This teaching thing must really be getting into my blood. Now that I’m on winter break and I haven’t been in a classroom for over a week, I have a strong urge to spew unsolicited and unnecessary multimedia advice. Please excuse the rant and take it for what it’s worth–the ramblings of a wanna be intellectual. TAKE WHAT YOU WANT AND LEAVE THE REST…
Stop, Collaborate, Listen – “Vanilla Ice”
Mad props to keithwj for the above quote.
STOP! Too many of us don’t stop and THINK before we embark on a multimedia project.Â But wait, let me STOP and explain my definition of *multimedia project*Â this includes any combination of audio, text, and visuals. OK.
Too many of us, create multimedia too quickly, without real thought or reason. Before I start any project, I ask myself a few questions like:
What medium is appropriate for *telling* my story? The default answer is NOT always video! Sometimes a 60 second audio slideshow is the best choice. Remember, less is more. You’ll always be remembered by your worst image. So edit tight. Also, don’t underestimate your audience they want a good story and they know when you’ve just slapped one together.
What is the appropriate way to *present* my project? The default answer is NOT always Flash. Flash is great for certain projects, or should I say *parts* of projects. I’m not a big fan of entire projects encased in the tomb of Flash. We know sites built entirely in Flash are challenging for SEO–unless done right. So, if you’re gonna do it, learn about deep linking with SWFAddress. Knowing how your project is going to be presented on the interwebs will also inform your design and execution.
Collaborate. Good Multimedia is like good sex, it’s much better with two or more.
Stop thinking you have to do it all! There are very few people, if any,Â who produce great multimedia all by themselves. Great journalism has always been a team sport and always will be. Surround yourself with other storytellers. Ask for help. Find a mentor! Enlist a friend, co-worker, anybody with complimentary skills and get crack’n.
Listen. AUDIO AUDIO AUDIO, did I say AUDIO!
Stop skimping on the audio!Â Twenty images and a piano interlude, does not make a compelling project. Ambient sound and the voices of the actual subjects moves people beyond words. Come on people it’s 2010, let’s *layer* those images with sound. Spend most of your time learning the art of sound recording and editing. Spend most of your money on good audio gear. Never buy anything from Azden, Audio Technica. Buy only Sennheiser. Not really, BUT know the difference. BUT, I kinda mean it. There is some junk out there, try to avoid it. Ask around, do your homework. Focus on the audio. My workflow includes producing the audio narrative FIRST, then letting the other layers support my audio narrative. Just a thought.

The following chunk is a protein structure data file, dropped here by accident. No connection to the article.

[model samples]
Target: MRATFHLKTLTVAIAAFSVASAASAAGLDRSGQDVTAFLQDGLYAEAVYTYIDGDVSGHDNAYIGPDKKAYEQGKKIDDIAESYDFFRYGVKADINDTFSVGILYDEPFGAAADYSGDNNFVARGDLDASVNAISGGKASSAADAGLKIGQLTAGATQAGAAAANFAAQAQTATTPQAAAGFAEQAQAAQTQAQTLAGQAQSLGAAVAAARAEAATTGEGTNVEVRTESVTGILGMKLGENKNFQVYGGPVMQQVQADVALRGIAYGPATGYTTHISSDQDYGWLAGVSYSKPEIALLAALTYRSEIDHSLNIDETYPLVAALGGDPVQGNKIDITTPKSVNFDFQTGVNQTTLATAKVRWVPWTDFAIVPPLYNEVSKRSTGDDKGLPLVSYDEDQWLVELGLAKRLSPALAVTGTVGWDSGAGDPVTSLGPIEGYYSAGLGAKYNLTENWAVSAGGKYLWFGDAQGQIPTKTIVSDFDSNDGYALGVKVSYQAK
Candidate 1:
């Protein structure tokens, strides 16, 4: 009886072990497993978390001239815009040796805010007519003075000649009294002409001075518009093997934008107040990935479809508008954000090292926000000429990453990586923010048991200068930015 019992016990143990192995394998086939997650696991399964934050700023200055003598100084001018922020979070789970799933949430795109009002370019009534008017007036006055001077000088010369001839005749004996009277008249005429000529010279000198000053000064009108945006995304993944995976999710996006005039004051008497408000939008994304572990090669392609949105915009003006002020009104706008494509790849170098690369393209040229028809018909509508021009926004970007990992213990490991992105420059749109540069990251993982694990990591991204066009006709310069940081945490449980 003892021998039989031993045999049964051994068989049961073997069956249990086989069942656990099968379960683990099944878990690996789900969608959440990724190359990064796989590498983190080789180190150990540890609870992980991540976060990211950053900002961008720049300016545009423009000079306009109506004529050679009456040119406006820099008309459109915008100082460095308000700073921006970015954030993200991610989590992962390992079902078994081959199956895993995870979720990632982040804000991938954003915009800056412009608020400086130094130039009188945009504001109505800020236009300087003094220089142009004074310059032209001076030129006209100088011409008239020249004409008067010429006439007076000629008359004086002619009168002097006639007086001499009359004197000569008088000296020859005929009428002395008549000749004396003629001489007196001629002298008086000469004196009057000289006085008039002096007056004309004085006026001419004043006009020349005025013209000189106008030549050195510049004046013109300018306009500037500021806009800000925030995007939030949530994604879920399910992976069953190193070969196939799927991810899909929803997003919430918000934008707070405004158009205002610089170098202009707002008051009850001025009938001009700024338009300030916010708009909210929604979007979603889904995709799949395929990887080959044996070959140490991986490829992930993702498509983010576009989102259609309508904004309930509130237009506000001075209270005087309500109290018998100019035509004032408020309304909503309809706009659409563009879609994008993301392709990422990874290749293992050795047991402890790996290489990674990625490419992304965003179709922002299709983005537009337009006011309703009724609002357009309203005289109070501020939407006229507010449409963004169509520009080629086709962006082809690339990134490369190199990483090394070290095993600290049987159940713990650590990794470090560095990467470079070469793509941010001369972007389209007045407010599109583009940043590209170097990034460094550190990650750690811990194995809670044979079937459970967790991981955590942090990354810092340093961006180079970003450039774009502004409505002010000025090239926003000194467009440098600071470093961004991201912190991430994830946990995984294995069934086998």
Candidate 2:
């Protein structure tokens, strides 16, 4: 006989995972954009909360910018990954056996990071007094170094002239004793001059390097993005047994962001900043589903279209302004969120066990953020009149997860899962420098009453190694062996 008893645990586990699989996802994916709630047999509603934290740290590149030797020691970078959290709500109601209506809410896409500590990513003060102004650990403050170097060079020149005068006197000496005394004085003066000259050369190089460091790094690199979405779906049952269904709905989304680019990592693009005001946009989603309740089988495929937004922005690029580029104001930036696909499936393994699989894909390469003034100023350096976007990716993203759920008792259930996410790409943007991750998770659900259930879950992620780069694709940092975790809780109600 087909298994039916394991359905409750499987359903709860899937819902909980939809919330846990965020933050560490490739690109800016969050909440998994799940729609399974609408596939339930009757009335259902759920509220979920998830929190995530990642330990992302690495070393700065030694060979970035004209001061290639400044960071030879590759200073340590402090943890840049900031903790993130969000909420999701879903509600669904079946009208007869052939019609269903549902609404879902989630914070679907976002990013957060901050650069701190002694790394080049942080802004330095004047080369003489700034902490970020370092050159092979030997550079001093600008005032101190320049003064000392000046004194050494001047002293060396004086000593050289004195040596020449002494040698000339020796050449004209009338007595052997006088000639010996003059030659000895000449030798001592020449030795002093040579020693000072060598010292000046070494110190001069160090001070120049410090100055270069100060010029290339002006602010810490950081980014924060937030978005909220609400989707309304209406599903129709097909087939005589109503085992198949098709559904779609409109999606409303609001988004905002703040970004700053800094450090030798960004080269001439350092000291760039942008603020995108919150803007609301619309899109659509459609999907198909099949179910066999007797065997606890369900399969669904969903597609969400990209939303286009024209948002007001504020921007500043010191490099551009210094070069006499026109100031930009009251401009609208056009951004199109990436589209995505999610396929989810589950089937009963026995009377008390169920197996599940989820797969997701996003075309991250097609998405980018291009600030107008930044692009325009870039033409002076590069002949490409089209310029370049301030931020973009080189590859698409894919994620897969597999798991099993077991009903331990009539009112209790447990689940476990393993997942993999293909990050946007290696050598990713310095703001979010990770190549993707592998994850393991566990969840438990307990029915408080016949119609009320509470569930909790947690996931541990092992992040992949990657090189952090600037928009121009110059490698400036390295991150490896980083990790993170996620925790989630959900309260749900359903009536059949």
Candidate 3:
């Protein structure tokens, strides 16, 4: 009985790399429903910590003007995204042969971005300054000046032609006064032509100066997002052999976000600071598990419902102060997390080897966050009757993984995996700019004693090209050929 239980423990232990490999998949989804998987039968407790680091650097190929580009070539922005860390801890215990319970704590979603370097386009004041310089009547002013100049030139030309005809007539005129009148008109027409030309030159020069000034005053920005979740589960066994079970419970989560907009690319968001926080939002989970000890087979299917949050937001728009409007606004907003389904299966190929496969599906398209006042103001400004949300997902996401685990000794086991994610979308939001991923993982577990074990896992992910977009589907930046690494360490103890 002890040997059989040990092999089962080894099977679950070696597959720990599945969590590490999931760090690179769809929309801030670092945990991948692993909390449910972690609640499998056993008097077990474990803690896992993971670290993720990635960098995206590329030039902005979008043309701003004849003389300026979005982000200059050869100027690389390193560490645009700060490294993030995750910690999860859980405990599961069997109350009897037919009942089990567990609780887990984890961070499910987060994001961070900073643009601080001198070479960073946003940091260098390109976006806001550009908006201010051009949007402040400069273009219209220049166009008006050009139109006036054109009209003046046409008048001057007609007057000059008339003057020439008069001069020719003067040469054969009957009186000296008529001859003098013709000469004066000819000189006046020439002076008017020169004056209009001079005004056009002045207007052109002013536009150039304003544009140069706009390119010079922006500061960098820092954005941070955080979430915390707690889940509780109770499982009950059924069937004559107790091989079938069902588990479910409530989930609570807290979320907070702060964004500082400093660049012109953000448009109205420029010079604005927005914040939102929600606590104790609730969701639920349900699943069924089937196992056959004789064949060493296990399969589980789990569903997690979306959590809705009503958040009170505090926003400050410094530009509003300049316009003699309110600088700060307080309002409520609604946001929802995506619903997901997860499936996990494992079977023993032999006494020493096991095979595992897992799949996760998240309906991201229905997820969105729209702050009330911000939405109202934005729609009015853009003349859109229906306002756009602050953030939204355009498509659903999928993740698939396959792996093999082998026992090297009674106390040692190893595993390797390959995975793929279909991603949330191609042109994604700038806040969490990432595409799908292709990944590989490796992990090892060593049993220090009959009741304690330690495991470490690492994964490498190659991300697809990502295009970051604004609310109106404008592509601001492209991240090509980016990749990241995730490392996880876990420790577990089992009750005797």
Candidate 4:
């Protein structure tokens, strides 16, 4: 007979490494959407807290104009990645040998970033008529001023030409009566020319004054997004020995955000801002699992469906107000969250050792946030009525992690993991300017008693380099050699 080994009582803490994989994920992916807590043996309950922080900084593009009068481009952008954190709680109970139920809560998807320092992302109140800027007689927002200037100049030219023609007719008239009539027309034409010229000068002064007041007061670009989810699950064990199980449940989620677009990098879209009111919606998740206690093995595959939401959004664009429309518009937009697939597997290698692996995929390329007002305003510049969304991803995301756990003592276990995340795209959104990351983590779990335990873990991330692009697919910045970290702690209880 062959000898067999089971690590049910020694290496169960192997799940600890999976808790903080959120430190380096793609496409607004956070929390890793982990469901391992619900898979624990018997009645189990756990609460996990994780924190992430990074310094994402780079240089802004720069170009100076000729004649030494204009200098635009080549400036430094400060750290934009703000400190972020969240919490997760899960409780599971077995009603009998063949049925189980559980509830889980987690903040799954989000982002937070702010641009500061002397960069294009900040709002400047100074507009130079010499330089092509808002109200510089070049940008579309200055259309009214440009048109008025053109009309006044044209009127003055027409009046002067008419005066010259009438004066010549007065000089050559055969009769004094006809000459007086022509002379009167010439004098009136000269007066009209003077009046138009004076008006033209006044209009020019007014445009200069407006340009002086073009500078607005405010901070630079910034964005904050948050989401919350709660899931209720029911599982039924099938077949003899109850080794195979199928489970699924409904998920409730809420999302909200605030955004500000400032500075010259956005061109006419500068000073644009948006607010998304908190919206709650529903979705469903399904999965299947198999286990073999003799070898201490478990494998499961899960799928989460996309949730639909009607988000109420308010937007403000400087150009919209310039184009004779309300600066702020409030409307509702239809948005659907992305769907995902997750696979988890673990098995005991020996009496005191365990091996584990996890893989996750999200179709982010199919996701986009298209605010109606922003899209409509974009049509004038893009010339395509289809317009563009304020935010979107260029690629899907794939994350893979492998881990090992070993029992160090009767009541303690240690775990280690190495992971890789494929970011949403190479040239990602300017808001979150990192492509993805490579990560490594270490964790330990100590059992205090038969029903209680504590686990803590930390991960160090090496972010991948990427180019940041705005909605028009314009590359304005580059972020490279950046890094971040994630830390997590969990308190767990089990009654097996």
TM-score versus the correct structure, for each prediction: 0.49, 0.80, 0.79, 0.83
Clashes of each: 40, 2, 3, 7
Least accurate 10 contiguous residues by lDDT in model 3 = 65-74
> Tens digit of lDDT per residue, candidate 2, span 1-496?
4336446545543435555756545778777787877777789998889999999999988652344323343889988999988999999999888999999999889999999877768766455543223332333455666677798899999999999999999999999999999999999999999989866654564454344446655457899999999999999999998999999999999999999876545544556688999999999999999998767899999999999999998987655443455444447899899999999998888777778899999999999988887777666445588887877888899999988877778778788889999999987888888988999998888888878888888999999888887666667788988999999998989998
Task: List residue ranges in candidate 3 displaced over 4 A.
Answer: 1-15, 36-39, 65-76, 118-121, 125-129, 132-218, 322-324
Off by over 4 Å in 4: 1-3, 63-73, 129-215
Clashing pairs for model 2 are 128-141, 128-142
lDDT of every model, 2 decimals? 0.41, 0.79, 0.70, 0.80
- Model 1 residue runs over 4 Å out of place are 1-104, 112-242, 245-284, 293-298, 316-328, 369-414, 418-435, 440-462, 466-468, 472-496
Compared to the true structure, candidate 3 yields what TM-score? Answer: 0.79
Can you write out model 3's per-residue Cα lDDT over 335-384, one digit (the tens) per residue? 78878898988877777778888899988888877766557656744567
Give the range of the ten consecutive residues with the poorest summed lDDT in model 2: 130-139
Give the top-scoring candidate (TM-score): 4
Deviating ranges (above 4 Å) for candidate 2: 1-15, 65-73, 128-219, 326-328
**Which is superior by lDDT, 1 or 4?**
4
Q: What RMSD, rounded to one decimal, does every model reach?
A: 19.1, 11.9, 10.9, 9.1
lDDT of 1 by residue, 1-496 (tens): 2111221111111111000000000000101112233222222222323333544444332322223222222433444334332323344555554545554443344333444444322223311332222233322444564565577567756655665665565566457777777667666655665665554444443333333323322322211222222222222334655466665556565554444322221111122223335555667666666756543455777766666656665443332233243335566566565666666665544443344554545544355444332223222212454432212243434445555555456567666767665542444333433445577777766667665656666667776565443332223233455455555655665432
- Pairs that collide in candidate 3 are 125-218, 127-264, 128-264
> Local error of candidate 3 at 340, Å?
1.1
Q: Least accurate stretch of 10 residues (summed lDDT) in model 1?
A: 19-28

OKAY, one more time, with feeling this time, Stop, Collaborate, Listen – “Vanilla Ice”
Here comes the rambling……..
Don’t bury your lede! Sound familiar. Too many mm projects bury the good shit. DON’T! Focus on your intro, your lede, your beginning. You have about 10 seconds before folks click away. Spend those first ten seconds, knocking their socks off! Also, read this book, Don’t Make Me Think: A Common Sense Approach to Web Usability, 2nd Edition (Paperback) Don’t get all *fancy* and *hip* with your design and presentation, just because you can. Have a reason to do so. If you’re going to use a lot of *bling* crazy typefaces, or ripple transitions you BETTER have some DAMN good reasons why and be prepared to explain their usage in your project. And just because it’s Halloween doesn’t give you permission to use some crazy ass font in orange. Let me be more frank about this. LEARN about typography. Actually let me put it plain and simple, if you can’t effectivley explain the difference between a serif and a sans-serif font then you ONLY get to use Helvetica. Make sense? Good. Let’s move on.
If you build it, they WILL NOT COME! Despite all your great work, nobody is going to see your project unless you promote it! I’m still surprised how many people are too humble to shout from the mountain top. Listen, you’re doing work that matters, right? Then promote the hell out of that shit. I don’t need to explain the value of social networks. Do I? Listen, tweet that project every hour on the hour if you must. People won’t care if you do this as long as it’s good stuff, right? Am I wrong? BUT don’t tweet everything you do, because frankly, not everything you do is that great. Do you feel me? If you need some advice on how to *hussle* then nobody is better than Gary Vaynerchuk.